Figure 3: Comparison between the computed absorption cross–section of the two inequivalent isomers of CH sketched on the right.

3 Results and discussion

3.1 Dehydrogenation and electronic excitation properties

Figure 4: First (asterisks) and second (diamonds) vertical ionisation energies of dehydrogenated coronene molecules CH, computed at the Harthree–Fock/4–31G level in the framework of Koopman’s theorem, as a function of the degree of hydrogenation. The horizontal dotted lines correspond to the low– and high–frequency cutoffs extracted from the interstellar extinction curve in the model by Duley (2006a).

According to Koopman’s theorem the molecular orbital energies obtained at the Harthree–Fock / 4–31G level are interpreted as vertical ionisation energies. We report in Fig. 4 the energies corresponding to removal of an electron from both the highest occupied molecular orbital (IP1) and the molecular orbital just below it (IP2), as a function of the degree of hydrogenation (). In the model put forward by Duley (2006a) the low– and high–frequency cutoffs extracted from the interstellar extinction curve, at about 7.3 and 9.1 eV respectively, are identified with the IP1 and IP2 of the carrier of the UV bump. These values were found to be in close agreement with those measured for neutral coronene, 7.29 and 9.13 eV, respectively (Clar et al. 1981). Based on the assumption that –electron energies are little affected by dehydrogenation, this supported the proposal that a plasmon resonance in neutral and singly–ionised dehydrogenated coronene molecules could generate the UV bump. However, we found an approximately constant change in ionization energy per hydrogen atom of about 0.1 eV (cf. Fig. 4), suggesting that –electron energies are indeed strongly affected by dehydrogenation. This is confirmed for the adiabatic first ionization energies computed via total energy differences at the B3LYP/6–31+G level: 7.02, 7.23, 7.38, 7.61, 7.79, 8.00, and 8.25 eV, when going from CH to C.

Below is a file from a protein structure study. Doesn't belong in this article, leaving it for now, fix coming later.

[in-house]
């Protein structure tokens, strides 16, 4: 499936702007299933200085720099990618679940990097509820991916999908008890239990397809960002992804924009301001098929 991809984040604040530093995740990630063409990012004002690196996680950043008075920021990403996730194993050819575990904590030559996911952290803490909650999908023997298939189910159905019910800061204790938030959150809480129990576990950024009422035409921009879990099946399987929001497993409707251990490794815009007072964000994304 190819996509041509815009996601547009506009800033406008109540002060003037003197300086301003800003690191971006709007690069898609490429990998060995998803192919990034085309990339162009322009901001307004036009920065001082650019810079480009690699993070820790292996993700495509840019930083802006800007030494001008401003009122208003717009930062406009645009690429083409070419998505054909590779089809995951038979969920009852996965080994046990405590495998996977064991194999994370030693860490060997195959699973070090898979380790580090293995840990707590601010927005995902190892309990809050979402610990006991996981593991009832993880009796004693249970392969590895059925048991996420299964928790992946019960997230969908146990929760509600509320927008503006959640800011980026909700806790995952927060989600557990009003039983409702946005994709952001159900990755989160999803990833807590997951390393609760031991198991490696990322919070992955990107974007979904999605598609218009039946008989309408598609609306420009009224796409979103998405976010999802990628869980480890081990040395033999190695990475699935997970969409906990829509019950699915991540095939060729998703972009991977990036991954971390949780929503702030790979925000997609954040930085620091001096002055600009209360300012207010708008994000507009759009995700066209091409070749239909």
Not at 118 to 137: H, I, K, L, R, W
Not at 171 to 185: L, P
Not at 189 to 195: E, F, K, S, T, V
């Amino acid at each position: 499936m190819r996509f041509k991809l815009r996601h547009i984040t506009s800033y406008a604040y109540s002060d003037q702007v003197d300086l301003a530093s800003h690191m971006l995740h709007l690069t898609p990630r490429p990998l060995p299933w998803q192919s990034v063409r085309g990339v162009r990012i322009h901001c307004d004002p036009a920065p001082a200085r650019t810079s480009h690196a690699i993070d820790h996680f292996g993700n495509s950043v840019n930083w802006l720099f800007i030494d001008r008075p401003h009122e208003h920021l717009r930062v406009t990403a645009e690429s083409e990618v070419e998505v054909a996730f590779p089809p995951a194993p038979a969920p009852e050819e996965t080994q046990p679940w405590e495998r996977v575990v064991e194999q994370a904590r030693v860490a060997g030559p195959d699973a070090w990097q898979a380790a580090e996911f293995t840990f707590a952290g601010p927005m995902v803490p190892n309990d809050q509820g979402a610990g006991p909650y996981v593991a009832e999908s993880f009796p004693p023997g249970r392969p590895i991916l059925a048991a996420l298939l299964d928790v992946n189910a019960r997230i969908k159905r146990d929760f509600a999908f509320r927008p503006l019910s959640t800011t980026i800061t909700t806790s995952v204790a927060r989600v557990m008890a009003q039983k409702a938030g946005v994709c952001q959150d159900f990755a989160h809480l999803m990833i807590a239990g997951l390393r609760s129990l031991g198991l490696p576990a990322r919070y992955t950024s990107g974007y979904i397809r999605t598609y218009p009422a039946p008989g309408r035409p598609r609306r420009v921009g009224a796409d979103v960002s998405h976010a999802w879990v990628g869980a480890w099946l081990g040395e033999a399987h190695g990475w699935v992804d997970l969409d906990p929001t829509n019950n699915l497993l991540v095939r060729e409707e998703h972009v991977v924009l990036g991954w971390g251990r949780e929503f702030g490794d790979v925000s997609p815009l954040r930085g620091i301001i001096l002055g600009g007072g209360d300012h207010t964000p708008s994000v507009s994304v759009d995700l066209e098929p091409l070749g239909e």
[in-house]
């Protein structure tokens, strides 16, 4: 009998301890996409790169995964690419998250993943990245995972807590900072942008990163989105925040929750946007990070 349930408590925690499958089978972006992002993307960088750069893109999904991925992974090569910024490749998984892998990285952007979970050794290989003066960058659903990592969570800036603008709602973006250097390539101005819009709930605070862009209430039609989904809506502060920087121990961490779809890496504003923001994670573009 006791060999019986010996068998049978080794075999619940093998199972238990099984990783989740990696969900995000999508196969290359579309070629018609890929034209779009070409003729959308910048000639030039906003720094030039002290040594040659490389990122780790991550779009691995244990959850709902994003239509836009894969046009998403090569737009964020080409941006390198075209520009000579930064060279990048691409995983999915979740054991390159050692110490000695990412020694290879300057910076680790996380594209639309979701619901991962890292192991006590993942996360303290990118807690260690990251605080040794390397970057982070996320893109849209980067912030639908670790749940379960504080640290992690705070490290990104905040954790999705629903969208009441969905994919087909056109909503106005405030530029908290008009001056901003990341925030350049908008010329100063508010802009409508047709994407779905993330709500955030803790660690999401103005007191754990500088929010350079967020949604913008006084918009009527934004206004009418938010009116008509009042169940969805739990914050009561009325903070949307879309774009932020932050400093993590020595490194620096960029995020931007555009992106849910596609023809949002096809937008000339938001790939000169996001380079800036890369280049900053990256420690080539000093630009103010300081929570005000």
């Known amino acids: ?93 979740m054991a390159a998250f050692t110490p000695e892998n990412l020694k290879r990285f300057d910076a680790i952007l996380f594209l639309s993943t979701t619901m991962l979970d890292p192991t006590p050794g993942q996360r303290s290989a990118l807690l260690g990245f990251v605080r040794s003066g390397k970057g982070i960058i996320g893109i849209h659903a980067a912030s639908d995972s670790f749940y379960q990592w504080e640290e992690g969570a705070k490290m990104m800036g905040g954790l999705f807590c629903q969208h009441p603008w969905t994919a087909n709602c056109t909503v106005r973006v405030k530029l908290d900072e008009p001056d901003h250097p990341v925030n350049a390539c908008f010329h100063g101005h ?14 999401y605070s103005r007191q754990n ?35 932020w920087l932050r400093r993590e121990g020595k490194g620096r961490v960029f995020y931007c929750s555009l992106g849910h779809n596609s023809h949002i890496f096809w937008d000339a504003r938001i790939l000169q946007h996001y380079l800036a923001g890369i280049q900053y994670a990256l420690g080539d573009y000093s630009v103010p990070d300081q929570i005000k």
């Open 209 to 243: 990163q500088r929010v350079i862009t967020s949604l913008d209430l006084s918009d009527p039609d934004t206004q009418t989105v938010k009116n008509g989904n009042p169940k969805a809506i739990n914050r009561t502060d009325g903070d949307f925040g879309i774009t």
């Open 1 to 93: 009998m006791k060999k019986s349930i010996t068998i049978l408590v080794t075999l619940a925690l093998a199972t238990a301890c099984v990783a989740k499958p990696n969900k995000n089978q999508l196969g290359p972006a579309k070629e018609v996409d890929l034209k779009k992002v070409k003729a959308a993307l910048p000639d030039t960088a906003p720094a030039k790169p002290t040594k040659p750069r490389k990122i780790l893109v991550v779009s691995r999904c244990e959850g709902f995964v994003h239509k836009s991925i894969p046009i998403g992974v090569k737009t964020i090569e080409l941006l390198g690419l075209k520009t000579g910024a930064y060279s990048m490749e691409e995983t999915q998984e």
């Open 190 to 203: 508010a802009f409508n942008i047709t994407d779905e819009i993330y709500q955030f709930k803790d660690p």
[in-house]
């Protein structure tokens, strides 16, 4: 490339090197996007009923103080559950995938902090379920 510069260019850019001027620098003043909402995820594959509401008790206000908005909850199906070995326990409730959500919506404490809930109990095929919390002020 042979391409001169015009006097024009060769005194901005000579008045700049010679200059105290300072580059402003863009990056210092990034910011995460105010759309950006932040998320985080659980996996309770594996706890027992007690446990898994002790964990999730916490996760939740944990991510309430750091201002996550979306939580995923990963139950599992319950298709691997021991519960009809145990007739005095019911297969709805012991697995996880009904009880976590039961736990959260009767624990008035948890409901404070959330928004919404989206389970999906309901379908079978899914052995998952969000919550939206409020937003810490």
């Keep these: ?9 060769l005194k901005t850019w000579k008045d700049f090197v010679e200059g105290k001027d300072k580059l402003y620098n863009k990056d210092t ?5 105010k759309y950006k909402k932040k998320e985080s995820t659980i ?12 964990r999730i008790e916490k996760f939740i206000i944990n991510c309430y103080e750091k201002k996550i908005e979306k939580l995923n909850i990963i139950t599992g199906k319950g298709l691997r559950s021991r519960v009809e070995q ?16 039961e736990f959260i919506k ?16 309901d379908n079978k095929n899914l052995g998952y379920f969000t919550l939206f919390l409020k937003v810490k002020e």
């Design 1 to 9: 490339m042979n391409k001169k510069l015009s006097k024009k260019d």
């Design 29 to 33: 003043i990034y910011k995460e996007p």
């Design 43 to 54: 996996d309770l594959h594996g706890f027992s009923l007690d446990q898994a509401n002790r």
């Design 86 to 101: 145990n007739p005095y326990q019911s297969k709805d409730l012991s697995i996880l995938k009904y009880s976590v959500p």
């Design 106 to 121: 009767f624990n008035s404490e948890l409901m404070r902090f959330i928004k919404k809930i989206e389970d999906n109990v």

The comparison between the computed absorption cross–sections of the different dehydrogenated coronene molecules considered, in their neutral and cationic charge–states, is presented in Fig. 5. The corresponding comparisons between CH and CH and their fully dehydrogenated counterparts are shown in Fig. 6. For both neutral and singly–ionised coronene derivatives, progressive dehydrogenation translates into a correspondingly progressive blue shift of the main electronic transitions (Fig. 5). The collective resonance, in particular, becomes broader as well as bluer with dehydrogenation. The same holds true for the other PAHs reported in this work, namely perylene and ovalene (Fig. 6), suggesting that this is a general feature of the whole class of molecules.